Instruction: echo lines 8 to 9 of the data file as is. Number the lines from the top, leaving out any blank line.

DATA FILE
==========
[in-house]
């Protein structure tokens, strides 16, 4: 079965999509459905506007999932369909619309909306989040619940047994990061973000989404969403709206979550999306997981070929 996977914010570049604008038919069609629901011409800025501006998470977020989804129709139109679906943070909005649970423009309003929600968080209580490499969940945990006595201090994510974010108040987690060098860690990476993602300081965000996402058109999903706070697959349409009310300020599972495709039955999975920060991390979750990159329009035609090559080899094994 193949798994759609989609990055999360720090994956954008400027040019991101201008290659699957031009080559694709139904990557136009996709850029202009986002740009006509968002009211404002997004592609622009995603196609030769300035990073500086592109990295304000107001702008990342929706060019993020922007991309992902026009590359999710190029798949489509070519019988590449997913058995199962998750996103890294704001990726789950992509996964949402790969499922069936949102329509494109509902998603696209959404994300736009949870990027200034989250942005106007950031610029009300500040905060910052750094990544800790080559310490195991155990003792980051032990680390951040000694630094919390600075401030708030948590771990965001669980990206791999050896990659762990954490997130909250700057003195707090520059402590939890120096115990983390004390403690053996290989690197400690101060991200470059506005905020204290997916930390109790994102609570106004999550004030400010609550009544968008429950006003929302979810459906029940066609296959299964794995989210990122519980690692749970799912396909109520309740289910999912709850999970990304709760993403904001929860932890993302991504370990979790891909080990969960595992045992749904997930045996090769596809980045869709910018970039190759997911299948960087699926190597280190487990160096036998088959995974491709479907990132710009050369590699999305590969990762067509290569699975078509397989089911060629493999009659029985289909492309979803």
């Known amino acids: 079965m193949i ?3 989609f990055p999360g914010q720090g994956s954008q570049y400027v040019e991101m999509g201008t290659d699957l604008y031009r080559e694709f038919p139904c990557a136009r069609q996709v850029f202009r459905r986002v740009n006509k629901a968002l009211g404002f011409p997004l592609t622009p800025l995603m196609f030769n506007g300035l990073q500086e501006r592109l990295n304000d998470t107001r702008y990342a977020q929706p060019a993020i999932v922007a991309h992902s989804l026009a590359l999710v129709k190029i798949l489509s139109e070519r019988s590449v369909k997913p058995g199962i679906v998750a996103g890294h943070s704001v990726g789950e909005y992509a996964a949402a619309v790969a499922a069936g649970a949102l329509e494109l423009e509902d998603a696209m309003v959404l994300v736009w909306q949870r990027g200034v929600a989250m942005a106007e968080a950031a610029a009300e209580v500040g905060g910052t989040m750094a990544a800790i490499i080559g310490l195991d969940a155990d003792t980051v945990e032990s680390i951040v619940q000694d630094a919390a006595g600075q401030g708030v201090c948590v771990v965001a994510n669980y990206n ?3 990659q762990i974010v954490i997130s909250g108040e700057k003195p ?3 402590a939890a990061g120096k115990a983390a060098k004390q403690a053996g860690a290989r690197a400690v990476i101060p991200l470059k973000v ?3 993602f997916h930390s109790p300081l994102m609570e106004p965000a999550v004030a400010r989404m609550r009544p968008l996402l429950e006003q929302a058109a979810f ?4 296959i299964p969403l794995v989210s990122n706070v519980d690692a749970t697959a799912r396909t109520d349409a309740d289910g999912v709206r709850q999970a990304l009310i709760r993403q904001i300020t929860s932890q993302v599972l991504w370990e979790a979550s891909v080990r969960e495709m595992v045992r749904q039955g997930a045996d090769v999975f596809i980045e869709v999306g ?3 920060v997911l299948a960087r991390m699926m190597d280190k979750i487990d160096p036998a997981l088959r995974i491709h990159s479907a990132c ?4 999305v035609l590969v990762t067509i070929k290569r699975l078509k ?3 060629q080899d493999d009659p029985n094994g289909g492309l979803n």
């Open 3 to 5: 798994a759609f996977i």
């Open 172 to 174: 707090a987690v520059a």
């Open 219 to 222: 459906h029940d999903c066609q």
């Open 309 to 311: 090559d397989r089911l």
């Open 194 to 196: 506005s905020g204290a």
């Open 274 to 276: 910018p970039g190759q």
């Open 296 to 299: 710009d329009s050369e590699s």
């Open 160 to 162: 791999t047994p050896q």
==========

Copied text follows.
């Open 194 to 196: 506005s905020g204290a």
């Open 274 to 276: 910018p970039g190759q």